How to Choose the Right Fishing Reel

Whether one participates as a hobby or for competitive sport, there are many fishing rods to suit the needs of the growing number of fishermen across the world. Fishing rods are designed to fit about five different types of reels such as spinning reels, closed face reels, bait casting reels, fly fishing reels, and conventional reels. Of these types of reels, there is a rod that corresponds to the reel according to size and weight.

Conventional Reels

A conventional reel is a reel that was one of the first styles of reels ever made. Its housing is made for all types of fishing although it is mostly used for saltwater casting. A conventional reel uses a spindle very similar to a bait casting reel although it does not utilize a button or a level wind apparatus. These reels are coupled with larger rods called heavers. The rods were given this name because of the nature of the cast. For those surf fishing that need a rod and reel combo that will get them past the breakers at over three hundred yards out, a heaver surf rod is necessary. This rod is coupled with a conventional reel, and the actual rod itself is anywhere from eleven to fifteen feet long. These rods are used from the surf at Cape Hatteras when fishing for citation sized Red Drum and Cobia, two fish that are normally caught from a boat. Conventional rod and reel combos can start at around $200 and climb to over $1000.

Bait Casters

Bait casting reels are reels that can be used for a variety of fishing although most are used for large mouth bass tournament fishing. These reels are similar to conventional reels although they have a button for the user to push when casting as well as a level wind feature that allows the line to be spooled automatically instead of with the finger. Bait casting reels are very popular for bass fishing and coupled with a stiff rod of anywhere from 6.5 to 7.5 feet in length. The stiff rod allows for the fishermen to set the hook more efficiently in the plated mouth of large mouth bass.
Spin Cast Combos
The spin casting reel and rod combo is the most popular outfit on the market. The spin cast combos can be used for almost every type of fishing possible. Small spinning rod and reel combos are used for trout fishing while larger outfits are used for yellow fin tuna. Small spinning reels are coupled with rods as short as four feet long. These rod and reel combos are normally used for trout fishing in small mountain rivers and streams. With such a small rod, anglers are able to cast into tight spaces other outfits would not be able to manage. Larger spin cast combos are used for saltwater fishing and cat fishing where game can reach over the one hundred pound mark. Sight casting is another popular type of fishing that uses spin cast rods and reels. The advantage of spin cast rods and reels is the consistency of the retrieve versus conventional and bait casting reels. The spool is normally much larger than bait casting reels and can retrieve artificial bait faster. This is great when fishing for blue fish, Spanish Mackerel, and other fish that hit fast swimming fish.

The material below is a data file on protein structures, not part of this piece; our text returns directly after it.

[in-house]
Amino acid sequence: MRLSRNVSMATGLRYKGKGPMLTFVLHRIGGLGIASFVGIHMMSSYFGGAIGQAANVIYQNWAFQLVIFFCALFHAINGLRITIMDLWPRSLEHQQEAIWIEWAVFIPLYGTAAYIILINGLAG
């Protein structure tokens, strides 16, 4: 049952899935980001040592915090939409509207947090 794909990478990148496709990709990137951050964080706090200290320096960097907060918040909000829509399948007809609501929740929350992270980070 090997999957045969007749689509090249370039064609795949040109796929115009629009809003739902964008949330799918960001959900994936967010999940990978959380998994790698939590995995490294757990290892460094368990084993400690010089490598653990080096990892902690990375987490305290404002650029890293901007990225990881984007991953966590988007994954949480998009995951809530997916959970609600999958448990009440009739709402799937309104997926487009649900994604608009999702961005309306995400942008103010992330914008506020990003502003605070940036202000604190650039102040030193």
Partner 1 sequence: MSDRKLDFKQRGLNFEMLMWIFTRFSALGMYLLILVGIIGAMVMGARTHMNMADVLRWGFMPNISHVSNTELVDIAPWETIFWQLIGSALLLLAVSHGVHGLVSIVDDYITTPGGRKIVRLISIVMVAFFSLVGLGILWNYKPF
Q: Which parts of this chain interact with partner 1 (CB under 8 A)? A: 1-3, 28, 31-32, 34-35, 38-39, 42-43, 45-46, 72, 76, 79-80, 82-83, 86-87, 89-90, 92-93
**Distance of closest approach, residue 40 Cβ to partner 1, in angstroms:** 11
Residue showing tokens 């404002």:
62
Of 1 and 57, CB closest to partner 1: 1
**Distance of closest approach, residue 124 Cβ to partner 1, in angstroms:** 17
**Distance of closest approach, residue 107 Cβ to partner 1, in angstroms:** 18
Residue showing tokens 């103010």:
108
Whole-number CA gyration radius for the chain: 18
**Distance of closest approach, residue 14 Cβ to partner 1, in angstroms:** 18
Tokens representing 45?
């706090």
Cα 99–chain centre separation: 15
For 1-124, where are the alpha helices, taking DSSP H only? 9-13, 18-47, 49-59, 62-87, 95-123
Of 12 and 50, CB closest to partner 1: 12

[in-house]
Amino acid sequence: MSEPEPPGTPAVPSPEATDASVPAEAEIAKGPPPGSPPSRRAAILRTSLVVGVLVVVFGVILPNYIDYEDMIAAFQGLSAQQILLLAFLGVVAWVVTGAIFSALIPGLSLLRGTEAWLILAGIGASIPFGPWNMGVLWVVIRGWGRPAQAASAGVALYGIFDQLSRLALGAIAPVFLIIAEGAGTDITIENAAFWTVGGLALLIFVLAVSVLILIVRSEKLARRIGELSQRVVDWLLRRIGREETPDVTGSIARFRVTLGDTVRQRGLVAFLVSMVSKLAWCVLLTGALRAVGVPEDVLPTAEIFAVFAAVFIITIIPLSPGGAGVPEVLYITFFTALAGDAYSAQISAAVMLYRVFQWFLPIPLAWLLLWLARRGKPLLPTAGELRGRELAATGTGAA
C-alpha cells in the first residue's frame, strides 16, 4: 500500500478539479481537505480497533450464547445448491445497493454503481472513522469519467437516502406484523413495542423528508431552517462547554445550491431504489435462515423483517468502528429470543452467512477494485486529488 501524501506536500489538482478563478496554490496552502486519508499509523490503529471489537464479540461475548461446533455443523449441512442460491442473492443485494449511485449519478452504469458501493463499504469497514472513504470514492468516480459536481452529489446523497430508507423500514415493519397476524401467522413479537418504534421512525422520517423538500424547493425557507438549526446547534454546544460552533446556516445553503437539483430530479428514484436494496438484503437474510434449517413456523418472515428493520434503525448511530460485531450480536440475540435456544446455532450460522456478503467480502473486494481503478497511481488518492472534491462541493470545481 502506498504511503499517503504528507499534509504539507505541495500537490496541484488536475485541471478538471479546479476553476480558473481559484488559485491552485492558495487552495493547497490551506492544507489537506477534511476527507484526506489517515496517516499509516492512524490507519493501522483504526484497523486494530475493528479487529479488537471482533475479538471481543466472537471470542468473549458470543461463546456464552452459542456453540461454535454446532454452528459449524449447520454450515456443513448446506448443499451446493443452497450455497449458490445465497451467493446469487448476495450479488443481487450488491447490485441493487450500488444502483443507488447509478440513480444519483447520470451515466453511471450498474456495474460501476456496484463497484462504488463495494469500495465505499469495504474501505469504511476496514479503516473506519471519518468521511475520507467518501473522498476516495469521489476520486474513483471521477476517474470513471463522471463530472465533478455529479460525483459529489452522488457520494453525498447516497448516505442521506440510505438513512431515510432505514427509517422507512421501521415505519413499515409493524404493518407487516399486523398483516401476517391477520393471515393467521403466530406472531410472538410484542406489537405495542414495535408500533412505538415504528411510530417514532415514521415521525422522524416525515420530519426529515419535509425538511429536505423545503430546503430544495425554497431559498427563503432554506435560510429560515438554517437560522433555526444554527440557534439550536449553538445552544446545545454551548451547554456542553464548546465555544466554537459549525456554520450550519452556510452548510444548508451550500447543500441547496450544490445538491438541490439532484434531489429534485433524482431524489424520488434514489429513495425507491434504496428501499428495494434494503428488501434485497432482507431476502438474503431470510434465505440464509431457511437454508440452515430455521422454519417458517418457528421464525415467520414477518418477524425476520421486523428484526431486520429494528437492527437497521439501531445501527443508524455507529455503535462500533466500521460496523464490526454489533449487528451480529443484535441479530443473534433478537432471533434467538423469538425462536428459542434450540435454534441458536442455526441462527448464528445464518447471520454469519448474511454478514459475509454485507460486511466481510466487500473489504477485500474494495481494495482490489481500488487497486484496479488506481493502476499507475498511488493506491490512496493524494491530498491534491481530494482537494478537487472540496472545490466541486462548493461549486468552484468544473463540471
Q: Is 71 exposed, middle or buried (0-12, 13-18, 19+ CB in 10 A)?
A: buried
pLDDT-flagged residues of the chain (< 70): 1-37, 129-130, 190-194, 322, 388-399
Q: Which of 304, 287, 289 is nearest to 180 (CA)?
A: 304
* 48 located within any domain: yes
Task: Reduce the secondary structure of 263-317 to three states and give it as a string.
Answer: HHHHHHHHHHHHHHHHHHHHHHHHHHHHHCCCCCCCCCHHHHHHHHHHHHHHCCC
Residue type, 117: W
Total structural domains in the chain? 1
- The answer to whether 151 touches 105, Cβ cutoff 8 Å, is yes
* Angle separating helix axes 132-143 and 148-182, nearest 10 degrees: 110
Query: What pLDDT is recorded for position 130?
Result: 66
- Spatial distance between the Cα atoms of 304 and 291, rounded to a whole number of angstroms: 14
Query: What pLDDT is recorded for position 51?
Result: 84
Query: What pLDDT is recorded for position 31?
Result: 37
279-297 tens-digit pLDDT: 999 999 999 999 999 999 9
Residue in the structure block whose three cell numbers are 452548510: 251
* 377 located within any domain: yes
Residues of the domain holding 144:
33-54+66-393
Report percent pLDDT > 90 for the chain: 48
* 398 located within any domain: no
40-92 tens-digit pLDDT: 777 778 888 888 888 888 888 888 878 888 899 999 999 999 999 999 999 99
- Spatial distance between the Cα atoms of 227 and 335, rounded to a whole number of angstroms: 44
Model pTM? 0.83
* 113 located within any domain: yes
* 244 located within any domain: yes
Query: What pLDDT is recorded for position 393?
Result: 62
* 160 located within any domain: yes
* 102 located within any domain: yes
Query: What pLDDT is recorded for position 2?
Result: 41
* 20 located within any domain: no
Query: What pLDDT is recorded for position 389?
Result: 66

Fly Fishing Combos

One of the oldest available fishing combos is the fly fishing rod and reel. The fly fishing rod and reel have been used since the 1800’s for trout in rivers and streams. Fly fishing reel and rod combos are used for lightweight flies that can not be cast with spinning reels. The fly rod and reel combo uses a tapered pole usually around seven to nine feet in length. The reel uses a heavy line that is cast by the extra long rod. At the terminal end of the heavy line is attached a lighter line for which the fly is tied. The line is broadcast over the area that the angler wants to fish at and is rolled across the water so that the fly settles naturally on top of the water. Fly fishing takes practice and many people use targets on land to practice laying flies in just the right areas.